The Prologue (practically an Act in itself) was set in 1911, and introduced us to Eustace Gaydon’s household. It soon became clear that Eustace had money worries, and that he had relied on receiving a large inheritance from the estate of his recently deceased sister. When he found out who would actually be getting the money, he was angry though he tried his best to hide it, but he soon decided on a course of action which would lead to the rest of the events in the play.
The first Act was set in 1921. With Eustace remarried, his two daughters now had a stepmother, and it soon became clear that the three women got on very well. Lois, the new Mrs Gaydon, was perhaps too fond of her step-daughters, and they loved her as if she were their own mother. There was also the aging Aunt Charlotte, whose increasing deafness and memory loss suggested that she wouldn’t last to the end of the play, and so it proved.
Despite the convention of the wife staying at home to look after the family, Lois had taken her ‘hobby’ of dressmaking and turned it into a successful dress design business. Her husband had taken on the management of her financial affairs, and the girls were both now grown up and the elder, Monica, was keen to be married. Unfortunately, her intended, Cyril, was the son of a solicitor, Mr Bennet, with whom Eustace had fallen out years ago. Mr Bennet objected strongly to the match, and Eustace simply wouldn’t take the subject seriously, laughing off Monica’s pleas for assistance. When Monica turned to Lois for help, she agreed to discuss the matter with her husband. The resulting disagreement, just before Eustace left on a long business trip, led to Lois taking matters into her own hands and promising Mr Bennet that she would provide a settlement for Monica of £10,000. Despite his total disbelief that the money would be forthcoming, Mr Bennet agreed to withdraw his objections once the settlement had been drawn up.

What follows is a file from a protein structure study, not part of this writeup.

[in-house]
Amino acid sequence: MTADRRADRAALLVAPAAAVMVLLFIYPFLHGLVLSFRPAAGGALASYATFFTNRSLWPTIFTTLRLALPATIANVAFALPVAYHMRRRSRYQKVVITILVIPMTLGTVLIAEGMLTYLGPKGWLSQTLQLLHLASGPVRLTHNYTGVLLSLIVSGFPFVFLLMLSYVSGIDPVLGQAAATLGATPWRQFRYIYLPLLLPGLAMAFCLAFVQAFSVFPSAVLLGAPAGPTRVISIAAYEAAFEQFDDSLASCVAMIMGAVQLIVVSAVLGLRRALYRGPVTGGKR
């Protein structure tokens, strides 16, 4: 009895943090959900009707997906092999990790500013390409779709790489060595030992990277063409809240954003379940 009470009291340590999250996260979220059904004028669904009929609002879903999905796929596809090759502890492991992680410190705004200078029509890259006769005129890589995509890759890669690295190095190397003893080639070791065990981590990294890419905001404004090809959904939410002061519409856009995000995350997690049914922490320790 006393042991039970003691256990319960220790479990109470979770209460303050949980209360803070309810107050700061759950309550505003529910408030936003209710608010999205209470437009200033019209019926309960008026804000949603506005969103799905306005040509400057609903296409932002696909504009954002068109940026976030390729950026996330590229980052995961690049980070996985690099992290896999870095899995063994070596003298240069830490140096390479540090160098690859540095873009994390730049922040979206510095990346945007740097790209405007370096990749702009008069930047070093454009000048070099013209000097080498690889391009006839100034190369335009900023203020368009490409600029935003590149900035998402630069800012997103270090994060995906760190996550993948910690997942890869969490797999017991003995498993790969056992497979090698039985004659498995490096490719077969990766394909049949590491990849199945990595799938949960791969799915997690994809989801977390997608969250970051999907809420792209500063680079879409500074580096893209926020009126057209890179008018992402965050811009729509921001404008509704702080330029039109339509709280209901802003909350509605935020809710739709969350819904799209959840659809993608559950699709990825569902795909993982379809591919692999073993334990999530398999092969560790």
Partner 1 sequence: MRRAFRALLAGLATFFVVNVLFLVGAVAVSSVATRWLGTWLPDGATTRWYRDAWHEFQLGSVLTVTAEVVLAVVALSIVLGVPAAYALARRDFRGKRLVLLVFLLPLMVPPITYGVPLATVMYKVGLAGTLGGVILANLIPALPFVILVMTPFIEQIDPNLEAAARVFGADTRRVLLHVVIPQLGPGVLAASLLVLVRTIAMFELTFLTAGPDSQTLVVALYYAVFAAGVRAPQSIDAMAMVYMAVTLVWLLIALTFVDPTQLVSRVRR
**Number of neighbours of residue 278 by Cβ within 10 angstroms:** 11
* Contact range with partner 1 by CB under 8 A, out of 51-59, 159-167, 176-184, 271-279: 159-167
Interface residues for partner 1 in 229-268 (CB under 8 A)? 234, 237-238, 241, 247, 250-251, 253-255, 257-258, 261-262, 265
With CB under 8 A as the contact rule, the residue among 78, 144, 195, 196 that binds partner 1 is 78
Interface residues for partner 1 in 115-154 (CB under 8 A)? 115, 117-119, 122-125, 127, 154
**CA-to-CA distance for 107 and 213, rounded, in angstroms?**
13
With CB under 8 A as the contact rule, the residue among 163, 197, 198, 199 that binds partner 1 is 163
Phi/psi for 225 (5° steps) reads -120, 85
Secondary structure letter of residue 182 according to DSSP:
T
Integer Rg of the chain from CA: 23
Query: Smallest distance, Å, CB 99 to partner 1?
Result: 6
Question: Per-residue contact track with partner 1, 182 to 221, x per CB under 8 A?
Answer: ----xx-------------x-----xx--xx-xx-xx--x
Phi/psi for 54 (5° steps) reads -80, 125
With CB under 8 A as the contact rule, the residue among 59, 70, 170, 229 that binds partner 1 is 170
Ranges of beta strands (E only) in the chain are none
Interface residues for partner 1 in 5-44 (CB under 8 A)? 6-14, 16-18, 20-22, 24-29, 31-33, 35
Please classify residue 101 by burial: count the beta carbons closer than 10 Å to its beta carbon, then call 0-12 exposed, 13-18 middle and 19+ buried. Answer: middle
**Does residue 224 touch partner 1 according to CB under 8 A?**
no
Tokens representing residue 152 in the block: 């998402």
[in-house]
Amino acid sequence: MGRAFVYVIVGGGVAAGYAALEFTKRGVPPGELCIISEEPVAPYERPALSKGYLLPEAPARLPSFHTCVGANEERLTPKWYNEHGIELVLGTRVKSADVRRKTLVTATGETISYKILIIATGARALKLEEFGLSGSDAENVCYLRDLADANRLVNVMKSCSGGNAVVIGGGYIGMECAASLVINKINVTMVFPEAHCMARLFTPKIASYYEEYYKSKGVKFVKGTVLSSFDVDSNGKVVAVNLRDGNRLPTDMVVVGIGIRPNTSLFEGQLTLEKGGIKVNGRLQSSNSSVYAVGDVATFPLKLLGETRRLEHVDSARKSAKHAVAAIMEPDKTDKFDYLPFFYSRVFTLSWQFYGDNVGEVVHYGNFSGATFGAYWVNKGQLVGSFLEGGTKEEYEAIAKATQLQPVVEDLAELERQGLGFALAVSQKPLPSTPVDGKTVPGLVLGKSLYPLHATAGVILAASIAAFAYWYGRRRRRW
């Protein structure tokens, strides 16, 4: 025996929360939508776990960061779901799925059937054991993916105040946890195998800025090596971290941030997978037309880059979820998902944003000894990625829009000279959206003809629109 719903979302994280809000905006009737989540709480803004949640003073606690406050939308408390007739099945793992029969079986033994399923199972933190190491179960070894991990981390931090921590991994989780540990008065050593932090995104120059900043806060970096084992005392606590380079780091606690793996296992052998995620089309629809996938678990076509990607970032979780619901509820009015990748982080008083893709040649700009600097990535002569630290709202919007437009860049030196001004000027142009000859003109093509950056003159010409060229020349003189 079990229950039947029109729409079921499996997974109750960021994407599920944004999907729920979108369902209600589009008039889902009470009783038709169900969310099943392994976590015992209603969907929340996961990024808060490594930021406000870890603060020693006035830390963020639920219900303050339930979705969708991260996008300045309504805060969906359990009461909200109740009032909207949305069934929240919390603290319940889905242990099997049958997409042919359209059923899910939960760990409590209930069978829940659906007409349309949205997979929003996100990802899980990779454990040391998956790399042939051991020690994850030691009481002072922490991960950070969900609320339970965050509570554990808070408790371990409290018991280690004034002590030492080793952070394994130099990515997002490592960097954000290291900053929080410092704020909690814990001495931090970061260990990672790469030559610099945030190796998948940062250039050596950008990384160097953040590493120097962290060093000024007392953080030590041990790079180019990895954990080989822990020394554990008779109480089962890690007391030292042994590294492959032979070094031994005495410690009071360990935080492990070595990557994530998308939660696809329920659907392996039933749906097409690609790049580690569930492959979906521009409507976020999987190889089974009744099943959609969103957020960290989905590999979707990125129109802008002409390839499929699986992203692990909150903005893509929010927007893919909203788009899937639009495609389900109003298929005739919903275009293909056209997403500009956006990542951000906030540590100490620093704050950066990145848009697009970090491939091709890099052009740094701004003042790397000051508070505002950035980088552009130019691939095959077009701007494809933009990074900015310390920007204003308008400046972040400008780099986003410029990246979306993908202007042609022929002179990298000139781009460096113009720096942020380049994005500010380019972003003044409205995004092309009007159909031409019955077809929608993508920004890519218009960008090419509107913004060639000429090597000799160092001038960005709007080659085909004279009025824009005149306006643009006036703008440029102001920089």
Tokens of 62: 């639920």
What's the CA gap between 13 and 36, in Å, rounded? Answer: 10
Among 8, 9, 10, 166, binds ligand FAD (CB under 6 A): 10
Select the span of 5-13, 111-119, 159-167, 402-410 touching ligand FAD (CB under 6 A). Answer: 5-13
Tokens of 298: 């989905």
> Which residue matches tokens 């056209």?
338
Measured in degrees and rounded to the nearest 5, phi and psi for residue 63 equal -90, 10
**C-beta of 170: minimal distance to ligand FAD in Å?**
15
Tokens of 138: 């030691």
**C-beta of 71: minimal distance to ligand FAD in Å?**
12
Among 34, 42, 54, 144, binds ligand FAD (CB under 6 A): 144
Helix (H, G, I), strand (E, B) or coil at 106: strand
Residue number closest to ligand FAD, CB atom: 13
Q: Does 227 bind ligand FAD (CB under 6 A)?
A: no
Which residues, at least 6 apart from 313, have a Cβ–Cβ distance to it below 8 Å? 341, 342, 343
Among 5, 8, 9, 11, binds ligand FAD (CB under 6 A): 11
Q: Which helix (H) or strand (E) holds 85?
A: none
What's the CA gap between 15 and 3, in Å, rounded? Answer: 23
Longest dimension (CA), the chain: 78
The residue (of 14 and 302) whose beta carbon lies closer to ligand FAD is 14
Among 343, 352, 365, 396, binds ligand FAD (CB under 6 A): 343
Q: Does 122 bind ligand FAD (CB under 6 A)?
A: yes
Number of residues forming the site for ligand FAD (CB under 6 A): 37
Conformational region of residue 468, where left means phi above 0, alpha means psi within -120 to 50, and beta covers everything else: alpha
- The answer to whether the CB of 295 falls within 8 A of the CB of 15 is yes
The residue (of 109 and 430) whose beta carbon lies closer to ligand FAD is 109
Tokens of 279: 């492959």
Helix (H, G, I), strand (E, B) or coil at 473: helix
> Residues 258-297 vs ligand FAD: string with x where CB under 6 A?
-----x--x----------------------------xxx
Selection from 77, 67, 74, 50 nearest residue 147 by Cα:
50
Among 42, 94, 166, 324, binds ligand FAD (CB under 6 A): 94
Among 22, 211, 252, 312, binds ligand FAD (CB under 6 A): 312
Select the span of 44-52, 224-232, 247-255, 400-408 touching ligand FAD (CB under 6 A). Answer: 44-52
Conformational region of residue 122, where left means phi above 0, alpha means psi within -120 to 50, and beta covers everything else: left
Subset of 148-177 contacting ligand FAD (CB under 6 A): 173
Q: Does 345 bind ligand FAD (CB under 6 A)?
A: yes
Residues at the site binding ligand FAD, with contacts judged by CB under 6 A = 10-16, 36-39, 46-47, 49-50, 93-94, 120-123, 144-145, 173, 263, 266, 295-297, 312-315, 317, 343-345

When Eustace returned from his trip and confronted Lois about her promise, the revelations were shocking to her. What was more shocking to the audience was the despicable way that Eustace tried to turn everything round to blame her. I’ve never heard so many gasps of shocked laughter at any performance before, and I’m not sure I’ve heard that many at all the other plays I’ve seen put together. Eustace’s final demand to Lois, backed by the threat of telling her secret to his daughters, was horrifying in its viciousness; by this time I was desperately keen to see him get his comeuppance and I’m sure I wasn’t alone in that.